A corporate thriller populated by folkloric trolls and child murderers might sound an odd beast, but Liz Jensen is no stranger to genre-bending fiction. Returning to themes present in her bestselling eco-drama, The Rapture, here she examines how far supernatural phenomena can ever be incorporated into a system of rational beliefs.
Guiding us through the book's more outlandish moments is Jensen's hyper-realistic narrator, Hesketh Lock. He has Asperger's Syndrome and uses his offbeat perceptions to help solve complicated cases of global industrial sabotage. But as the novel opens, he finds himself facing a particularly indecipherable turn of events.
Over the past few months, a number of Lock's business informants have met gruesome ends – including a Taiwanese operations manager found mashed to a sticky pulp in a timber processing plant, and a Swedish colleague mown down by a truck . To confuse matters further, these deaths seem to have coincided with a bizarre killing spree in the outside world. According to the international press, a number of primary school-aged children, from Spain to Yorkshire, have turned on their own families with nail guns and worse.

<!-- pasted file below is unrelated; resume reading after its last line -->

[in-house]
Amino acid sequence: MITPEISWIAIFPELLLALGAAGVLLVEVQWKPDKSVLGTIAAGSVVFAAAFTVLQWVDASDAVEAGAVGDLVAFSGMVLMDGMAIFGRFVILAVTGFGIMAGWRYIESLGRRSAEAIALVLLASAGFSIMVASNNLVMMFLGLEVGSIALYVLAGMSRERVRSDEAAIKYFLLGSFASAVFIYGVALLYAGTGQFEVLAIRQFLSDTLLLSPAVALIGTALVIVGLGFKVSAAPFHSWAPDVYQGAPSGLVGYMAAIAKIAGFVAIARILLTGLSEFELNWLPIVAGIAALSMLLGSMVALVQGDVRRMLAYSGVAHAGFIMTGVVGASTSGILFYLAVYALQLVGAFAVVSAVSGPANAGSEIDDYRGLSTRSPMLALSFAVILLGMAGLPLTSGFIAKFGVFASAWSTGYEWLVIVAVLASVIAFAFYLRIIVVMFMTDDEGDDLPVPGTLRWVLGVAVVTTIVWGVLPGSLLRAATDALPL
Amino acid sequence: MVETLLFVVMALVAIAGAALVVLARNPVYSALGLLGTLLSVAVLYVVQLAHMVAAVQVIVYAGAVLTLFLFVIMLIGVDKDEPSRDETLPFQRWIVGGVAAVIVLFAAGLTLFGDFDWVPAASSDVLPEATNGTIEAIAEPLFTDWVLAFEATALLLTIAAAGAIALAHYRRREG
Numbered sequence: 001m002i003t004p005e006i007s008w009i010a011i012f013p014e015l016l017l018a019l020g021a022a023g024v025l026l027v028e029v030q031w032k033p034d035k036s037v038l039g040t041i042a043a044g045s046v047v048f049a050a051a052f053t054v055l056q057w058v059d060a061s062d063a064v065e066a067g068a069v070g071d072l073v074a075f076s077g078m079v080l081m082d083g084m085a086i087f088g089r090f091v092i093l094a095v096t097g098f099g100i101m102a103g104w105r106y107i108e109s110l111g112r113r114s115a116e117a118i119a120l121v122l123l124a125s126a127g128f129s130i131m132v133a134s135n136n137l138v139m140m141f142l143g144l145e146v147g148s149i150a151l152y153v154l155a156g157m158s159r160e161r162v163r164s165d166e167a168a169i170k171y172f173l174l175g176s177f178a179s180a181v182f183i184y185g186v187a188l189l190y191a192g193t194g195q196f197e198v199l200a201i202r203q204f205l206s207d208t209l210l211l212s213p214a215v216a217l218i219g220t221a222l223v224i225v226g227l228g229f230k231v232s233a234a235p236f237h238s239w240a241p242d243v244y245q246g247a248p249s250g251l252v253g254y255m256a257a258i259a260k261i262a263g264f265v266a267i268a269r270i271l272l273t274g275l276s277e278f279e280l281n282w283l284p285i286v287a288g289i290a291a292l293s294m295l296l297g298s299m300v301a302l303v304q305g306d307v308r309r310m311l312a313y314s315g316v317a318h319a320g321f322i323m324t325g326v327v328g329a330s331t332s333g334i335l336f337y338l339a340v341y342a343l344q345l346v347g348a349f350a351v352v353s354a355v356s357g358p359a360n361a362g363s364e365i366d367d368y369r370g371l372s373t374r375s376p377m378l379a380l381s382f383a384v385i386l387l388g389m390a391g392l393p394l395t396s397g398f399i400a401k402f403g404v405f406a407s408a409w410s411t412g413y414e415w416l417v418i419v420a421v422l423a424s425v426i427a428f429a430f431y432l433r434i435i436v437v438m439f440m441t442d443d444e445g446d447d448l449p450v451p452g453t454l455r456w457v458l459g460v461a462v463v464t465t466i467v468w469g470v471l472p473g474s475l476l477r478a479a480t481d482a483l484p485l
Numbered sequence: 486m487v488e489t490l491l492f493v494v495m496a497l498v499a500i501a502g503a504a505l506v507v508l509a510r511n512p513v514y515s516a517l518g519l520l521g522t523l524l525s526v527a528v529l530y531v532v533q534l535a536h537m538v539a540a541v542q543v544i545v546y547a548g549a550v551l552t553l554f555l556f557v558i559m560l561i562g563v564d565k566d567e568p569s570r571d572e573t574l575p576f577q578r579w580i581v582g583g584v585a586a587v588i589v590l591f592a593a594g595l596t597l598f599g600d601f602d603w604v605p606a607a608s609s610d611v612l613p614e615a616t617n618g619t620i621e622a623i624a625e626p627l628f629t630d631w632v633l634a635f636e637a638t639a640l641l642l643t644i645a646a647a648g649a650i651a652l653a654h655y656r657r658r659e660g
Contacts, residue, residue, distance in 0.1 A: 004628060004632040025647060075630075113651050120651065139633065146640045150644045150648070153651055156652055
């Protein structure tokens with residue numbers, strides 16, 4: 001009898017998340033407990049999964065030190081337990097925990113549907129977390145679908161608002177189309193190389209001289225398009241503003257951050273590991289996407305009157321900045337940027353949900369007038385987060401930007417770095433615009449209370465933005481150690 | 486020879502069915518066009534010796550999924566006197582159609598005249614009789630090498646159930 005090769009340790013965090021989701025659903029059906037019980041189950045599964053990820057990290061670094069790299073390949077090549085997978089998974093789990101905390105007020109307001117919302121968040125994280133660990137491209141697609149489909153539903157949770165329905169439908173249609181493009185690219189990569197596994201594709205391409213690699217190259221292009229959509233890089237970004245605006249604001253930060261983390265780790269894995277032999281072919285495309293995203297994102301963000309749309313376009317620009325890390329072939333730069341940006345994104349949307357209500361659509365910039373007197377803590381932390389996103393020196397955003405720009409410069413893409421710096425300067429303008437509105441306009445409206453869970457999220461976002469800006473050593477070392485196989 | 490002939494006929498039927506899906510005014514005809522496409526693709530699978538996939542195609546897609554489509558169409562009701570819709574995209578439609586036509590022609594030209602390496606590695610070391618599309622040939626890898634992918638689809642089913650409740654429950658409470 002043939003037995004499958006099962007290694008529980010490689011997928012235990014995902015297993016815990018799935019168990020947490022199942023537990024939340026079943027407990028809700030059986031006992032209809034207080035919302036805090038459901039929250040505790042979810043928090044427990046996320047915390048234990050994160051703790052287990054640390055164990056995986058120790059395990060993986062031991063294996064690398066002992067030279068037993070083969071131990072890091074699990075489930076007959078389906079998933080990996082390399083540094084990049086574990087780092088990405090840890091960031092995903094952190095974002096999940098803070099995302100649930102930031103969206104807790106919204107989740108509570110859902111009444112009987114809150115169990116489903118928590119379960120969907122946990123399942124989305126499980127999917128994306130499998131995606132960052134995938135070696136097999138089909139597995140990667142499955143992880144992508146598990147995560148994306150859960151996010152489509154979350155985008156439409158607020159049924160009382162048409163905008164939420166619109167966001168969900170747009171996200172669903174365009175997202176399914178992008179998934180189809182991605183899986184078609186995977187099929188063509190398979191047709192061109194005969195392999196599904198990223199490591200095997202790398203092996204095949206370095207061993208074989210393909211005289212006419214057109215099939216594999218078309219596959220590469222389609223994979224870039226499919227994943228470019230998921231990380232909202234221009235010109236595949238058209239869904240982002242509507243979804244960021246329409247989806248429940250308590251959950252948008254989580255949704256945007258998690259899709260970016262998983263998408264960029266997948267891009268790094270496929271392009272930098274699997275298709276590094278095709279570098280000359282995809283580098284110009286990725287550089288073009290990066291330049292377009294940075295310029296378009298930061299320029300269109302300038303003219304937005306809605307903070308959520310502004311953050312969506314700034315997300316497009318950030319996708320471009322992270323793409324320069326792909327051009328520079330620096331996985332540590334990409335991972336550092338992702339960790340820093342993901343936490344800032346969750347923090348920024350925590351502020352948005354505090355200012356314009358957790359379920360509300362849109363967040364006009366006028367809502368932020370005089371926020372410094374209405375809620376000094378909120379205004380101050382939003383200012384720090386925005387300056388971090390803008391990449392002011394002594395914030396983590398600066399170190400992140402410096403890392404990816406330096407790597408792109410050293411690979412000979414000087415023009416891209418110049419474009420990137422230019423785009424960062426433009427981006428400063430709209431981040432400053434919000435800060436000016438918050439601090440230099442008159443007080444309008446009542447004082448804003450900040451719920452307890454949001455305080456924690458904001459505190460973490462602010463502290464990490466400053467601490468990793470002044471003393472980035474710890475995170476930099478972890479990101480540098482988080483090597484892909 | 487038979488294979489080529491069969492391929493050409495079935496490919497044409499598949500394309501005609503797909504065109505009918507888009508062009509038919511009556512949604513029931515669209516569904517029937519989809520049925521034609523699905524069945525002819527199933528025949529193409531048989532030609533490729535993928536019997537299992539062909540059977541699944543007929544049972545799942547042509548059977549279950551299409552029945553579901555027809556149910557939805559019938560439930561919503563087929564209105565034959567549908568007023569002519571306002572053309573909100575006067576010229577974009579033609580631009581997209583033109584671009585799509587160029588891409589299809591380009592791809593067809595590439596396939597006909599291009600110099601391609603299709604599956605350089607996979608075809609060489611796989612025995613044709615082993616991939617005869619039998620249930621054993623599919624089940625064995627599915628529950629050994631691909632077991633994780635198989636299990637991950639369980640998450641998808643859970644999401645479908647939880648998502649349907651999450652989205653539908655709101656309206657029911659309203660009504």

Lock's matter-of-fact descriptions of these outrages make for an unexpectedly thrilling and even comic read. It soon becomes apparent that some kind of apocalyptic catastrophe is imminent, but who is orchestrating the crisis is anyone's guess. Lock, sounding at times like a humanoid version of Mr Spock, is determined to undestand the problem: "Humans like to believe they're rational. But the capacity for superstition is part of our DNA…"
Jensen has dreamt up a very concrete-feeling universe in which shape-shifting pixies and corporate fat-cats meet head on. Subverting the usual tropes of horror and SF, she succeeds in portraying an end-of-the-world scenario that is more freshly imagined than most. For a novel centering on a supposedly emotion-free man, it has a great deal to say about love and thwarted relationships.Reuse content